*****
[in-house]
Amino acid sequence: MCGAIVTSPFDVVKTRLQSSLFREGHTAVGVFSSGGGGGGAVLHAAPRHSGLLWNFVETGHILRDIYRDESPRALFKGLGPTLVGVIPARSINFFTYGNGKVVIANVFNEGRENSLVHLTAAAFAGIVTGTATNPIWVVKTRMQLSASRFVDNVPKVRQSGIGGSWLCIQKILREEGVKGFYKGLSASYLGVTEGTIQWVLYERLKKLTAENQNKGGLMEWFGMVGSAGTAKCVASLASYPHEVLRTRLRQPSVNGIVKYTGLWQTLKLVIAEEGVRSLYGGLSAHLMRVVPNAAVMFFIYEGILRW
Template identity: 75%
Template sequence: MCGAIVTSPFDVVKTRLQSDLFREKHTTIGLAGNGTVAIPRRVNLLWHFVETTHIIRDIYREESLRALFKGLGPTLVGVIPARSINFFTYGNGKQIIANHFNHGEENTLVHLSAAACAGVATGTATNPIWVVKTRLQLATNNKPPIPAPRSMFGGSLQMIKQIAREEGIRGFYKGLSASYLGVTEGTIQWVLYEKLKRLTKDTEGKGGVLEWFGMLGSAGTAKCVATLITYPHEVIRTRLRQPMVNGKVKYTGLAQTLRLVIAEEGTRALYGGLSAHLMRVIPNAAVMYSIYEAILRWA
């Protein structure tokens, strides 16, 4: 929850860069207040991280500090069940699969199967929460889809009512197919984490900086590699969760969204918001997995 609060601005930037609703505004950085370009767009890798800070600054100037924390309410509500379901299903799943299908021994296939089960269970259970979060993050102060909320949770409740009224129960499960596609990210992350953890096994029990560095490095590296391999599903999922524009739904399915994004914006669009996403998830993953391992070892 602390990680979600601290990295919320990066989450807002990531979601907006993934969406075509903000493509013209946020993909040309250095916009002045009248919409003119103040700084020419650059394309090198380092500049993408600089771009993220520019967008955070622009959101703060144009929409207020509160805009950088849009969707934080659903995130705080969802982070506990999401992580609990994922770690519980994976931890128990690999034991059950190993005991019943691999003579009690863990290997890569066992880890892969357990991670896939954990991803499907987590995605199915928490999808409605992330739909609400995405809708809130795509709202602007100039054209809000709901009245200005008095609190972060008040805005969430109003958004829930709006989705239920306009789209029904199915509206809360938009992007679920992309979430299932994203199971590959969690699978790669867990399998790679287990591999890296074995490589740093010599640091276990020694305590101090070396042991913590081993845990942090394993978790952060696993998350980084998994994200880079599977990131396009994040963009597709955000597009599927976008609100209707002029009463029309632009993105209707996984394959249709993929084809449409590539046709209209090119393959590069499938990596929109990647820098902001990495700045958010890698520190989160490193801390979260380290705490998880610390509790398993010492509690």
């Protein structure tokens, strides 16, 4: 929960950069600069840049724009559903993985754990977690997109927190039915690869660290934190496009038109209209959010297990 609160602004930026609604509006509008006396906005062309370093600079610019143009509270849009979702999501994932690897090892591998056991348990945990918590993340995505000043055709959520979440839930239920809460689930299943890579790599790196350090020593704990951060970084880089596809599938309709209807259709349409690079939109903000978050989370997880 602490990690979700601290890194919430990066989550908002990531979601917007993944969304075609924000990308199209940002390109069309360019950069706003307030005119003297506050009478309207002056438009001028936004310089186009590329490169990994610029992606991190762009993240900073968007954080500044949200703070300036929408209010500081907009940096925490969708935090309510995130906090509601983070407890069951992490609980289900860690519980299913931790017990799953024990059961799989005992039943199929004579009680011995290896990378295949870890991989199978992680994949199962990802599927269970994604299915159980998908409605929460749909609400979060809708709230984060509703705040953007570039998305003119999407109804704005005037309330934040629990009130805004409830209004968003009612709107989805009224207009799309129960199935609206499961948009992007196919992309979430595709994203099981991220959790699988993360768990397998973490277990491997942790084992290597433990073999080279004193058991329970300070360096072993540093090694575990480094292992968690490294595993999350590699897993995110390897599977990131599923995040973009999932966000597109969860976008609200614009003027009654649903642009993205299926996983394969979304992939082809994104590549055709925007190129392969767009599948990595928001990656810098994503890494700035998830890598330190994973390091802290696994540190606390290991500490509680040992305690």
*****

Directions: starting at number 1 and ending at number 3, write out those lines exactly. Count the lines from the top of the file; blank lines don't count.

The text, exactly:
[in-house]
Amino acid sequence: MCGAIVTSPFDVVKTRLQSSLFREGHTAVGVFSSGGGGGGAVLHAAPRHSGLLWNFVETGHILRDIYRDESPRALFKGLGPTLVGVIPARSINFFTYGNGKVVIANVFNEGRENSLVHLTAAAFAGIVTGTATNPIWVVKTRMQLSASRFVDNVPKVRQSGIGGSWLCIQKILREEGVKGFYKGLSASYLGVTEGTIQWVLYERLKKLTAENQNKGGLMEWFGMVGSAGTAKCVASLASYPHEVLRTRLRQPSVNGIVKYTGLWQTLKLVIAEEGVRSLYGGLSAHLMRVVPNAAVMFFIYEGILRW
Template identity: 75%